Reviews

Injury Reserve – Injury Reserve: Album Review

Injury Reserve have been bubbling under the surface of hip-hop for a few years now, dropping eclectic and socially aware mixtapes that just so happen to go hard as fuck. On their debut album the trio continue their rise to prominence with a fresh set of clever ideas, hilarious metaphors, abstract production and some deeply personal meaning. If you don’t know about them, here is the perfect place to start.

In 2013, Arizona based hip-hop trio Injury Reserve were born. It consisted of two rappers called Stepa J. Groggs and Ritchie With a T, as well as producer Parker Corey. After a while of very small level touring and hype, they brought out their self-released debut mixtape Live From The Dentist Office in 2015. It was unlike anything around at that moment in time, the diversity was awe-inspiring and the subject matter ranged from quirky to activist level. Tracks like Yo and TTKTV made people sit up and take notice, but they were just getting started.

A year later came Floss, the follow-up mixtape that is synonymous with the group’s most popular, commercial sounding hits to date. Just listen to Oh Shit!!! and All This Money and try telling me those songs don’t slap so damn hard. They had well and truly arrived on here and the anticipation for what was next was palpable. To keep this ticking over they dropped the Drive It Like It’s Stolen EP in 2017 before announcing their switch onto the Loma Vista record label. The debut album was on it’s way.

So what have Injury Reserve done on the debut album to stand out? Well, their production has taken an even more impressive experimental turn; particularly on the opening five tracks which are relentless and full of life. The rushing synth lines on Koruna & Lime and Jailbreak The Tesla are batshit crazy but surprisingly razor sharp and focused, honing in on the general atmosphere of the tracks content.

The aforementioned Jailbreak The Tesla was a teaser single to the album’s release and features whirring instrumentals reminiscent of a car chase, coincidentally handy on a song that is literally about stealing a Tesla. It is, in my opinion, the best song of Injury Reserve’s careers so far. Everything from the frantic first verse by Ritchie to the ‘skrt’ style noise-rap beat and, of course, Aminé’s hilariously brilliant feature where he raps about Elon Musk taking shrooms and Grimes (Elon’s girlfriend and famous recording artist) being the GPS.

The album’s lead single Jawbreaker is also a uniquely crafted concept track which has strong features, this time opting for Rico Nasty and Pro Teens as they rap about consumerist fashion culture. The song has a strong message of self-worth and not blending in, but it does so in a true Injury Reserve way where you find yourself nodding in approval while laughing out loud at the comedic wordplay.

The moments of sublime wit don’t end there, however, as the daring Rap Song Tutorial does exactly what is says on the tin and describes step by step how to make a rap song, thus in itself becoming a rap song. It is a laugh out loud moment but also somehow manages to be catchy and have huge playback value.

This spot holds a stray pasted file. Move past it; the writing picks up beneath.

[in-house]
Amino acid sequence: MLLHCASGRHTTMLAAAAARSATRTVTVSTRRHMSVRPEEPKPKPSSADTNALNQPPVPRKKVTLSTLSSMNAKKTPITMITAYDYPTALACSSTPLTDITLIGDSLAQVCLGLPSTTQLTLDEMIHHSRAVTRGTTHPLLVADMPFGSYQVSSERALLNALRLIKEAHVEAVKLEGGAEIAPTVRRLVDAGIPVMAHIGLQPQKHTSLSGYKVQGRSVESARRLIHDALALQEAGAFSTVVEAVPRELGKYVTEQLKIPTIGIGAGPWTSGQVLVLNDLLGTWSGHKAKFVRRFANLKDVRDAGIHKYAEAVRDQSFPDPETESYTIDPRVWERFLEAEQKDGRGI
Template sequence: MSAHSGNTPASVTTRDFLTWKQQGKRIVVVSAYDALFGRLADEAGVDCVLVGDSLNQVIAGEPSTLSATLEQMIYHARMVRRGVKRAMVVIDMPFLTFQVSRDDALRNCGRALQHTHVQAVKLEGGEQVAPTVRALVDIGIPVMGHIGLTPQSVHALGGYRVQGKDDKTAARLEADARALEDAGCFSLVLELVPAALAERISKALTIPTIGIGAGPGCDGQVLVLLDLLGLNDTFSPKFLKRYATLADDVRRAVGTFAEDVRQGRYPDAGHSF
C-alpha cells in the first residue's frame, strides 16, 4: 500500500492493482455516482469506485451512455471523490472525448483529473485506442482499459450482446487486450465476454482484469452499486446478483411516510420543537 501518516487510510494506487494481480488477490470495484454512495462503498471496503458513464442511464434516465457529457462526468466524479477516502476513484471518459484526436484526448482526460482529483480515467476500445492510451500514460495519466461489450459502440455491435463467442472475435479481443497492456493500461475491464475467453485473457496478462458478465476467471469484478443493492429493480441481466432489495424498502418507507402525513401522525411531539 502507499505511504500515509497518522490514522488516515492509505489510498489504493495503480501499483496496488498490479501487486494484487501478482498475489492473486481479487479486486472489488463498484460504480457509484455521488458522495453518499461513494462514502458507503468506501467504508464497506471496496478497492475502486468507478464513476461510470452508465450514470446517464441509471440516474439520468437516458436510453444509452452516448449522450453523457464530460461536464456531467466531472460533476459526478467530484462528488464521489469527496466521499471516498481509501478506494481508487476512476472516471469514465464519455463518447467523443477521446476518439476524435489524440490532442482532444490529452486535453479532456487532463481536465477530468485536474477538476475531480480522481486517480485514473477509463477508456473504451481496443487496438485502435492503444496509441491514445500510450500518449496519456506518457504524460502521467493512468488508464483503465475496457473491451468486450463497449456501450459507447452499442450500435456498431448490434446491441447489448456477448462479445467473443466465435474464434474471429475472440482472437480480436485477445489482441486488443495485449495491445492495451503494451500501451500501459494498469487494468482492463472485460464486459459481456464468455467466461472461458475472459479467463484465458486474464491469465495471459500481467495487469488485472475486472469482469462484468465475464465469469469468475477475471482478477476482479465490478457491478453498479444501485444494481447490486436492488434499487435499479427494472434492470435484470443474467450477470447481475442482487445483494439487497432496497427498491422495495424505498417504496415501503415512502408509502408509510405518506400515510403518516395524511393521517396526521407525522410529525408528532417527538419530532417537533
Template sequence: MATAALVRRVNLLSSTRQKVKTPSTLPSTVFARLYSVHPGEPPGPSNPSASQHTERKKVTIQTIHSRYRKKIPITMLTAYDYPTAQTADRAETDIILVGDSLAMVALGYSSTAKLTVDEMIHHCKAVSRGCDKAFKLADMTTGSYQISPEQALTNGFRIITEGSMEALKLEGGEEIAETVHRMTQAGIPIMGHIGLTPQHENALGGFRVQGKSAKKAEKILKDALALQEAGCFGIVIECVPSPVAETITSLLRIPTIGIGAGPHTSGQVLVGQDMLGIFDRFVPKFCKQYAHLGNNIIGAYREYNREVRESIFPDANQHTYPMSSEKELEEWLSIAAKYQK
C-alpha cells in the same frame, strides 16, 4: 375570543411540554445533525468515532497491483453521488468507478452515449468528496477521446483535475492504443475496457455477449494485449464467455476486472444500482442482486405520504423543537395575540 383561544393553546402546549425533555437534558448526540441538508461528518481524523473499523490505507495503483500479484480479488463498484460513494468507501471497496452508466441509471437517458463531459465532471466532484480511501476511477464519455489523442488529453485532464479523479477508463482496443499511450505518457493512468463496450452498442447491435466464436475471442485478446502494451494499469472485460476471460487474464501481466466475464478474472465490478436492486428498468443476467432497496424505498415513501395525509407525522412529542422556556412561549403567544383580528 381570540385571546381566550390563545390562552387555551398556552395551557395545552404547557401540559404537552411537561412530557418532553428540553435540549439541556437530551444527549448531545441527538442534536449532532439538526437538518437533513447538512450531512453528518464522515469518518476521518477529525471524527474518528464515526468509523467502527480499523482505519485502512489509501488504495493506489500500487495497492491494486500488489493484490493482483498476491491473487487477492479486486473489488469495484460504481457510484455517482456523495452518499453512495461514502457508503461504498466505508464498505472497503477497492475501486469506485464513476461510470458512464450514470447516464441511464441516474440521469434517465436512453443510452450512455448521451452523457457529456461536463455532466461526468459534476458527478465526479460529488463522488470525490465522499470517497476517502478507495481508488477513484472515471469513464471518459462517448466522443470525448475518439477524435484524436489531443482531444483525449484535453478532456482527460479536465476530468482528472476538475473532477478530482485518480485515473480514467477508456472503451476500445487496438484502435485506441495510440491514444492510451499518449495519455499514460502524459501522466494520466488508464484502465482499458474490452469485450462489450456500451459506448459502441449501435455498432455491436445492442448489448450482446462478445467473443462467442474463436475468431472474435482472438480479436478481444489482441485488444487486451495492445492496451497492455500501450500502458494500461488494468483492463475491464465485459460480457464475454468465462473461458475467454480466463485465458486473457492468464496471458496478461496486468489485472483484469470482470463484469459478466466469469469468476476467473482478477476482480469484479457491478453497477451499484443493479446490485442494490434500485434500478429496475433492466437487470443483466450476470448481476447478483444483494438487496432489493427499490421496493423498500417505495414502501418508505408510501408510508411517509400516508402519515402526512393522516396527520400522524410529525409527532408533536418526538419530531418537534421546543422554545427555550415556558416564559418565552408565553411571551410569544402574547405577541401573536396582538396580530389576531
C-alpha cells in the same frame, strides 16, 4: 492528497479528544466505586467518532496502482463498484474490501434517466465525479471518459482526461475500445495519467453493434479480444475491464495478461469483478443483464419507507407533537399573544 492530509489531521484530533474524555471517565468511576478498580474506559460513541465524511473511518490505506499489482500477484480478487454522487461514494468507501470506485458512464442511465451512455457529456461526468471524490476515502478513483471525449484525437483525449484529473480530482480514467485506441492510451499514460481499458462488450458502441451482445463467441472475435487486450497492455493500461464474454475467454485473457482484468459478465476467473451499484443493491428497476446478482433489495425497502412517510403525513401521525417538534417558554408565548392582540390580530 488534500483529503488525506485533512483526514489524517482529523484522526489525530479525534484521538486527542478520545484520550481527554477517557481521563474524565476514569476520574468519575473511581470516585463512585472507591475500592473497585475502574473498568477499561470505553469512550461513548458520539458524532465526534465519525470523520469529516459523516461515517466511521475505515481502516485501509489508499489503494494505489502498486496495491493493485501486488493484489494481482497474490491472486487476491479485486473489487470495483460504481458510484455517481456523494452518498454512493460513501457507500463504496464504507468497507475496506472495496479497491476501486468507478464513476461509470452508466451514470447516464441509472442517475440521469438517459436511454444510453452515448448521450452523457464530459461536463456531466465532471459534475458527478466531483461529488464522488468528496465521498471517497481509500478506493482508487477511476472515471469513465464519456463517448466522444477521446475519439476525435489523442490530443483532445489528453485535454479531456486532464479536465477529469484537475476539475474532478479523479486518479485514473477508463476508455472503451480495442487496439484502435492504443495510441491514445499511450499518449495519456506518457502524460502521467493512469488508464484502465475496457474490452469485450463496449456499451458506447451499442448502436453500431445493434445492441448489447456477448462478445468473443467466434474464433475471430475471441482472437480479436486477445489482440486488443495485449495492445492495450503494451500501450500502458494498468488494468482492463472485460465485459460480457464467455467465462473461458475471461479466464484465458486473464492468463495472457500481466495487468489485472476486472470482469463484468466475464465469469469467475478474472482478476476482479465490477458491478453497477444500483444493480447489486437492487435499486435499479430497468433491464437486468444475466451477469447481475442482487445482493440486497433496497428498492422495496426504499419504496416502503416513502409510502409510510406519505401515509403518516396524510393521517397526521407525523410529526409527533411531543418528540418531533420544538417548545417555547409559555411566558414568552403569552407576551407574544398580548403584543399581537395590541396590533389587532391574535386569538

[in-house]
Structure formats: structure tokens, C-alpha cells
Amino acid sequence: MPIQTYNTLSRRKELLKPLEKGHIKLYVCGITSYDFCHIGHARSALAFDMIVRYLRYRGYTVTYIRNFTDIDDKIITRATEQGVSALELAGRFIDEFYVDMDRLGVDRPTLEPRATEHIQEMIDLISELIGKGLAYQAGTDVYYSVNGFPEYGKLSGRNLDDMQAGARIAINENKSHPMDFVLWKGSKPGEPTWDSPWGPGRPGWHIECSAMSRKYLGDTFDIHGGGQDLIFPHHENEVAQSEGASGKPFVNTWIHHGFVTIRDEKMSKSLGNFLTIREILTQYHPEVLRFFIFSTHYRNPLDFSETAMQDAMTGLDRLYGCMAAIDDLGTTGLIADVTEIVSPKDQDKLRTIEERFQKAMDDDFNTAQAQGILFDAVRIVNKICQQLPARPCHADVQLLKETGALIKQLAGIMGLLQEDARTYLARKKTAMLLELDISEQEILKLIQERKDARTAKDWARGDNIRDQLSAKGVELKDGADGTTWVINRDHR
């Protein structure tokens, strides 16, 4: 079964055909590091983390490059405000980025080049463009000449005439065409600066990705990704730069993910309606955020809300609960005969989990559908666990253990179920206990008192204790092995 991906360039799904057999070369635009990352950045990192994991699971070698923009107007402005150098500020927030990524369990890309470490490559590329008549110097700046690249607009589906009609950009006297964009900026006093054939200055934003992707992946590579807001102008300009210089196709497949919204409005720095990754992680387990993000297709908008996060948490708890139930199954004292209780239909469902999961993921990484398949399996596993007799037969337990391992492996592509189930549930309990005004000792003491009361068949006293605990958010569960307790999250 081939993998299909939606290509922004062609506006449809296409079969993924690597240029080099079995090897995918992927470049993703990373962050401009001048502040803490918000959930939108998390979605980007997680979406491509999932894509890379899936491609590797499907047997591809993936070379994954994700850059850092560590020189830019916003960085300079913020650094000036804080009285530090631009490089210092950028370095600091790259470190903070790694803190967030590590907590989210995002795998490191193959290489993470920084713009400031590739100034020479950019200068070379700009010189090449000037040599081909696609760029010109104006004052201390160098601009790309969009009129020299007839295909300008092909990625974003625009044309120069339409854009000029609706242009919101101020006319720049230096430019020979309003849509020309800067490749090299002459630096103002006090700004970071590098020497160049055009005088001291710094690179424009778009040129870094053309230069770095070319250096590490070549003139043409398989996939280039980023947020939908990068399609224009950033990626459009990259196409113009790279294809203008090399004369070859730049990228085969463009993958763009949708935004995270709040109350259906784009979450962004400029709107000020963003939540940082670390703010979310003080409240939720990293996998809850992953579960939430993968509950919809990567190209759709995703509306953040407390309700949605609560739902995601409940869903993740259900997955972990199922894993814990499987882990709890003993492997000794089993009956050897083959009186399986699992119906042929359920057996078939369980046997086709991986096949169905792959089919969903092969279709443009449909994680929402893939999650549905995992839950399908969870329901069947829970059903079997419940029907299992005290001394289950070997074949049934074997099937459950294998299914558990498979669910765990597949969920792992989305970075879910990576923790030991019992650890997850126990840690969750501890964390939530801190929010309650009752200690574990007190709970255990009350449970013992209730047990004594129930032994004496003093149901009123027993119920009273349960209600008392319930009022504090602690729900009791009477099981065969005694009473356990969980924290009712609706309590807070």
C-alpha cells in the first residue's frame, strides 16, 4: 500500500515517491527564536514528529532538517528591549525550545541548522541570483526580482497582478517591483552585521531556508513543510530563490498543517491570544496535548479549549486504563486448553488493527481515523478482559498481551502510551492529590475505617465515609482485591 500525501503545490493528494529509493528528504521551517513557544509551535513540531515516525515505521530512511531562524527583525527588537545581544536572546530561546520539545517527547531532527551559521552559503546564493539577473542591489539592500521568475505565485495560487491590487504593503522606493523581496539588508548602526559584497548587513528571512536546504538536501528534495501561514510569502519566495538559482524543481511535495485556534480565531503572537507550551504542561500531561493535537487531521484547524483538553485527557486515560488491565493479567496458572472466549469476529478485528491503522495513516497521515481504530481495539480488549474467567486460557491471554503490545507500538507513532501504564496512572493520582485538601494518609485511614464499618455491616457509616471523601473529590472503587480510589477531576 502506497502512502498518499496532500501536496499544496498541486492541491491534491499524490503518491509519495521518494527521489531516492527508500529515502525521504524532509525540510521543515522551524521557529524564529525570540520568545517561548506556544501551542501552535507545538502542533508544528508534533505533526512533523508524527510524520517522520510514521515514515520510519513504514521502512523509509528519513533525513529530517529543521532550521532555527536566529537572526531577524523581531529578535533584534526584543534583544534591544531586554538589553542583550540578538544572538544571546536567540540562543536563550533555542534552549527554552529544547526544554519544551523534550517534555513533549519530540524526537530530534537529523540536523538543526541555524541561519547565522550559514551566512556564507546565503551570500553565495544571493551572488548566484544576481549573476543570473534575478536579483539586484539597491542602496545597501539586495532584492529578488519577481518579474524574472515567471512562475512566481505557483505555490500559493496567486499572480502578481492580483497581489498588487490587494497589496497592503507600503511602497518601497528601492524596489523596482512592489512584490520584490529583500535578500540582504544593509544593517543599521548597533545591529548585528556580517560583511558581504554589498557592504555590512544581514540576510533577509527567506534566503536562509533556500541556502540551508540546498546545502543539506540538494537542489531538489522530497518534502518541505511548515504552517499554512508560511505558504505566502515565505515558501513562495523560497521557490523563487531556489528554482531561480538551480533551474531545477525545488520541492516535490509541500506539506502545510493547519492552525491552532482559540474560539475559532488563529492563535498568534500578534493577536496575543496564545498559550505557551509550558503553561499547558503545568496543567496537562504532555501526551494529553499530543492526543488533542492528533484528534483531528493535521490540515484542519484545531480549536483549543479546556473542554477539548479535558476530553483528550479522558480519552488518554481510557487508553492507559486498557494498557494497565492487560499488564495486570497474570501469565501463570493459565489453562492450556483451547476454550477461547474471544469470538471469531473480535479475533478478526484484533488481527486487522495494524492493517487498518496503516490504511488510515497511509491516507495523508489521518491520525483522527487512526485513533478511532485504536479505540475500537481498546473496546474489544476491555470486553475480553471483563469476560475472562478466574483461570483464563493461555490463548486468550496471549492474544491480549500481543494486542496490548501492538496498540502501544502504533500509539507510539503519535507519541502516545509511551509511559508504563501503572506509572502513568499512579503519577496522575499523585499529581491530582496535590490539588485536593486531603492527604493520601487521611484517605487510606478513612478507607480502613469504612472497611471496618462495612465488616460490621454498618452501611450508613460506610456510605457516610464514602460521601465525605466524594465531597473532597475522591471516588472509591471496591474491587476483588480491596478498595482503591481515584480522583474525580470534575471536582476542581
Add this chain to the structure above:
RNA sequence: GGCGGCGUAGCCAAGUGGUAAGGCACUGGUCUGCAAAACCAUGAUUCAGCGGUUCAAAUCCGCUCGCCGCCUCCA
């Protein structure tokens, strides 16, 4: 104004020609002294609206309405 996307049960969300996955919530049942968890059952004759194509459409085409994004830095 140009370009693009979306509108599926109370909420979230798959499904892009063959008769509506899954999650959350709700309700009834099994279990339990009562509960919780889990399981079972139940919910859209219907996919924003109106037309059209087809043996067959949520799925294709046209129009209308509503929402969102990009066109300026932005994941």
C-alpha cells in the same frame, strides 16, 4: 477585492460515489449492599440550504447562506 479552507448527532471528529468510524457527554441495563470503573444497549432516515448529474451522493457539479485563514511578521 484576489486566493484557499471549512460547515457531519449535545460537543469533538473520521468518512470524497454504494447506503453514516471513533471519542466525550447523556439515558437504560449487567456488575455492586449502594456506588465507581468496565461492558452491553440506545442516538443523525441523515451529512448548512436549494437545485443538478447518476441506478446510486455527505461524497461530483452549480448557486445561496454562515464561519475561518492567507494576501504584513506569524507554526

The standout elements of this album allowed for the variation of the group to shine through. To put it in the best words I can think of, when I first heard What A Year It’s Been I lost my shit. I sat and pondered that song for long after it was over and realised just how touching and sentimental it really was. The percussion heavy production allows for Ritchie and Groggs to spit the most personal lyrics of their lives as they describe just how much of a whirlwind the last 12 months have been; daring to discuss mental health, neglect and the troubles of fame.

Best Spot In The House is another reflective anthem that this time looks at the wrongdoings of Ritchie and the guilt he feels for rapping about topics and not putting them at the forefront of his personal life. It is an introspective view of how artists can sometimes take what they have for granted and use their platform to tell everyone lies; it is so hard-hitting and self-destructive but at the same time it feels utterly essential.

The features are welcome additions to the album, too. Whether it be Aminé’s comedy value, Freddie Gibbs’ ice cold flows on Wax On, JPEGMAFIA’s mosh inducing shouts on GTFU or DRAM’s harmonic singing on New Hawaii, it feels like everyone has a place here and they are utilised brilliantly. My only qualm would perhaps be that we don’t get a full JPEG verse and that is a big miss for any rap album in my eyes.

All in all, Injury Reserve delivered and then some on their debut studio album; it has bangers, it has sombre jams. It can make you laugh and it can make you cry. There are reflective moments of a dark past and joyous moments of a potentially bright future. It is an all-encompassing, dynamic barnstormer of an album and without doubt one of the hip-hop highlights of the year from one of rap music’s most overt groups.

9outof10

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